Wilfred Ruprecht Bion was a British psychoanalyst of the Kleinian variety, who along with the followers of Anna Freud, make up the two important successor schools of Sigmund Freud. Bion was the first Kleinian president of the British Psychoanalytical Society and was a pioneer in the study of group dynamics, having gained insights on group processes from his experiences as a tank commander in World War I. When World War II broke out, Bion found himself in the army medical corps treating "shell shocked" soldiers in experimental group psychotherapy sessions. He and his colleagues were also charged with developing methods of selecting officers who could best lead in combat and those methods are still used today in industrial-organizational psychology.
Following World War II, Bion helped start the new Tavistock Institute of Human Relations and continued his psychoanalytic training with Klein while conducting research on group processes. Bion was a prolific although abstruse writer who authored 24 books and numerous articles between 1940 and his death in 1979. In the last 15 years of his career, he withdrew from research and focused exclusively on his psychoanalytic craft. He moved to California and devoted himself to treating patients and a few trainees, one of whom was James S. Grotstein.
Grotstein's book is foremost a love letter to his analyst and mentor. With unabashed affection, he likens Bion to Plato, Socrates and even Prometheus, and assures us that although Bion's "ideas still remain below the tip of the iceberg for many," he will "bring these ideas to the surface to demonstrate their theoretical and clinical (practical) usefulness-hopefully in a reader-friendly way" (p. 4). But little biographical or any background information about Bion is provided; indeed Grotstein tells us straightaway that he will "scrupulously" avoid it. Readers unfamiliar with Bion may not even learn from this book that he was British. Grotstein also warns us that his book contains a sparseness of clinical examples, since it is "difficult to find clinical examples that would be clear and precise enough" (p.7). Still, he declares emphatically that this book is directed to the general public, designed to help the lay reader and non-psychoanalyst to better understand and appreciate Bion and his ideas. I wish he had done so.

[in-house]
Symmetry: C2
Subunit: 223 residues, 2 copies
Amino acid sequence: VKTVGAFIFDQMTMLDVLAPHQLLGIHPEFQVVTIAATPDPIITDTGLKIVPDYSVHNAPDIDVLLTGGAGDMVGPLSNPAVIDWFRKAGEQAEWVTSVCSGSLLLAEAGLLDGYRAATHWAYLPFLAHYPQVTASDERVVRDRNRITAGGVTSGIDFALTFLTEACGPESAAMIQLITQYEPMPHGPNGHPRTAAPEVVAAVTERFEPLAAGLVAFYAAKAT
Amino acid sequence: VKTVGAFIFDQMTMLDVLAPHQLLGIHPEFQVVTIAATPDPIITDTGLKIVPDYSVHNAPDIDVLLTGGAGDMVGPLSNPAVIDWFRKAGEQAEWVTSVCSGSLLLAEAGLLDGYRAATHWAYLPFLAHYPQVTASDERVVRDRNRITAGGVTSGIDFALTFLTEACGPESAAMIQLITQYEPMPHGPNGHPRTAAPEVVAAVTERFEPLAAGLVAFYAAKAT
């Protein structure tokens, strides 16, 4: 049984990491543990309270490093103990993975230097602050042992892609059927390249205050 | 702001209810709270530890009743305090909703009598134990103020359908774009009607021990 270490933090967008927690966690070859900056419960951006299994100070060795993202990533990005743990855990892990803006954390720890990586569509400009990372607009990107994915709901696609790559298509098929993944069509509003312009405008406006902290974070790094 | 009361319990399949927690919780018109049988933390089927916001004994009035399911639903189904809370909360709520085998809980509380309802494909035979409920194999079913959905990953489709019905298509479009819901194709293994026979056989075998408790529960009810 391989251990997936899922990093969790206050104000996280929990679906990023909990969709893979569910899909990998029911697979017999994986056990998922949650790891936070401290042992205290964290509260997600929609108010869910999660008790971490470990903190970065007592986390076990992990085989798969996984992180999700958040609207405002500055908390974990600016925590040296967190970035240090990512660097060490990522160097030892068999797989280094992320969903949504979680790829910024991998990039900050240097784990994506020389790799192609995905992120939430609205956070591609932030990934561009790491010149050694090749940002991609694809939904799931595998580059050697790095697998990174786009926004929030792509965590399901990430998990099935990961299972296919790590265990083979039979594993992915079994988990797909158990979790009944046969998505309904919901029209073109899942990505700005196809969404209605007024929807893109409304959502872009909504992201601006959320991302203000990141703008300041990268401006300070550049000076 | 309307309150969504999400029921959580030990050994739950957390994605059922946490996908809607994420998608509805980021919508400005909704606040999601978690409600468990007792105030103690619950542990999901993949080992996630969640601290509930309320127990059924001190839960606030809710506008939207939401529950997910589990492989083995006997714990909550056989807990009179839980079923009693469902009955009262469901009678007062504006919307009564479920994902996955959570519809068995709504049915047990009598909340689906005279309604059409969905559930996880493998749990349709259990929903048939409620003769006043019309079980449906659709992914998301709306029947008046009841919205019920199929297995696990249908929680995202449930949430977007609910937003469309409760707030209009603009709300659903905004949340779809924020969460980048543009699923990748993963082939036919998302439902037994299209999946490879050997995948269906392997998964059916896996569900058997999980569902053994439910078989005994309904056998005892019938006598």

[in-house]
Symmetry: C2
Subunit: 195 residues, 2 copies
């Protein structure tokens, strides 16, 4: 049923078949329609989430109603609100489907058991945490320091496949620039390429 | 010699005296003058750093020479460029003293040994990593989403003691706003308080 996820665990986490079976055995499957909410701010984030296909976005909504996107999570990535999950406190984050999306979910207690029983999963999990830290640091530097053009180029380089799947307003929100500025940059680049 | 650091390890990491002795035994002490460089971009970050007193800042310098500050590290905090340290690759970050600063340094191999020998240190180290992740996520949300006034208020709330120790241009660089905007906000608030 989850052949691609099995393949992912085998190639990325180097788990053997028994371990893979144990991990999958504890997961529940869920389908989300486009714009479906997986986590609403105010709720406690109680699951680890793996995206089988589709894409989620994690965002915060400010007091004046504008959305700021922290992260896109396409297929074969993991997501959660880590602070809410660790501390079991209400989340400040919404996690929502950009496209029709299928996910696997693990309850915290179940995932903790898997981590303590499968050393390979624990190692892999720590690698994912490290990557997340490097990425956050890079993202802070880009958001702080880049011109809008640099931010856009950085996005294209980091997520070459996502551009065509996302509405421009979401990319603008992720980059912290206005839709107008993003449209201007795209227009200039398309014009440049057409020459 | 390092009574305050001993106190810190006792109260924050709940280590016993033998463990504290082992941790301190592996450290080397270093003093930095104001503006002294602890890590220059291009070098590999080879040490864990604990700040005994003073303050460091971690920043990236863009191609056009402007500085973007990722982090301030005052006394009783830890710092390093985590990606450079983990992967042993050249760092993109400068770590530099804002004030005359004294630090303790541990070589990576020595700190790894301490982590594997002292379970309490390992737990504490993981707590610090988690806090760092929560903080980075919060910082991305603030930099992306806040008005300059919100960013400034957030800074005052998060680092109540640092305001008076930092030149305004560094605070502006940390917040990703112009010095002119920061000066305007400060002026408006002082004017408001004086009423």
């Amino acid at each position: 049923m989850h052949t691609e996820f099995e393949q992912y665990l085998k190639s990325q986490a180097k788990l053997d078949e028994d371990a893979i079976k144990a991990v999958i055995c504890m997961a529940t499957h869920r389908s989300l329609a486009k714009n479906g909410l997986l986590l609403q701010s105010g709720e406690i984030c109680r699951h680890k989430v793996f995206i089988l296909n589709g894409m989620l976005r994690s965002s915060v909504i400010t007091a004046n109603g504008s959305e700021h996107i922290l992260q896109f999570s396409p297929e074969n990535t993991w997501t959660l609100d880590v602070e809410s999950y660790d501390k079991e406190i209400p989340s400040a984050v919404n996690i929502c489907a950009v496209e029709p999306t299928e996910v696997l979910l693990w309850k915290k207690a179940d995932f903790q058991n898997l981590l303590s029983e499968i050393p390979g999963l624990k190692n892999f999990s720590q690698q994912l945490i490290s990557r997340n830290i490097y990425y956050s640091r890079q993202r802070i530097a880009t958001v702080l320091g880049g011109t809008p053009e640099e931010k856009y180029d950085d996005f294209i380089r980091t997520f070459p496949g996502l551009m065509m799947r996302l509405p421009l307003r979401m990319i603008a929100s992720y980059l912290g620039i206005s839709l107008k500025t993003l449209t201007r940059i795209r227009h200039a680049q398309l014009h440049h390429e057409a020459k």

Grotstein jumps right away into elaborating and musing ("dreaming" as he calls it) on complex concepts from Bion, but he does not define or even introduce them first. The reader is left to go to other sources to find definitions of Bionian terms and concepts, and what is "reader-friendly" about that? How does that make the book one for public consumption?
Grotstein's writing is complex at best and for much of the book is practically indecipherable. Take for example, this passage: "This latter idea, that of entelechy, prompts me to suggest the following: in my opinion, the Ideal Forms generate the infant's own rudimentary (yet to be further transformed) a-elements, which conjoin with the pre-processed sensory stimuli (Bion's 'B-elements') to form what I, along with Ferro, term 'balpha-elements' ('aB', or really, 'Ba': Ferro, 1999, p.47). The whole point here, I believe, is that (a) 'a' precedes 'B'; (b) the a-element may have an earlier beginning in the Ideal Forms, have already been conceived by a hypothesized Intelligence or Presence (Bion's and Meister Eckhart's 'god'), and exist on a gradient of transformational sophistication as it proceeds." (p.46)
Believe me, reading that passage "in context" doesn't clarify a thing; the problem is that there too often seems to be no context. Prior to this passage, we are not told to which Ideal Forms he refers (e.g., Plato?) or what defines Bion's "B-elements." The thoughts appear to have sprung fully matured from the head of our author and right onto the page. Sadly, the majority of the book is like this. Grotstein admits that he has faced critiques before for his writing style, that he has been accused of being too "'Bionian'--that is, 'dense'-- in my style of writing" but that he has strived to make this volume "as explicit and as clarifying" as he could (p. 4). Rather, he cannot shake the habit of writing as did his master, whom he himself describes thus: "Bion's style of writing is unique, often maddening, without proper markings or guideposts to help you anticipate the next turn in the road of ideas he has privately chartered. Often he seems to speak apodictically, not sharing with the reader the provenance of his thought." (p. 11)
There were several times while reading the book that I pictured Grotstein as the Dennis Hopper character in Apocalypse Now, excitedly, maniacally going on and on about Bion being a kind man, a wise man, and then:
"One through nine, no maybes, no supposes, no fractions. You can't travel in space, you can't go out into space, you know, without, like, you know, uh, with fractions - what are you going to land on - one-quarter, three-eighths? What are you going to do when you go from here to Venus or something? That's dialectic physics."
*This is a condensed version of my review of the book in PsycCRITIQUES--Contemporary Psychology: APA Review of Books, 53(25), 2008.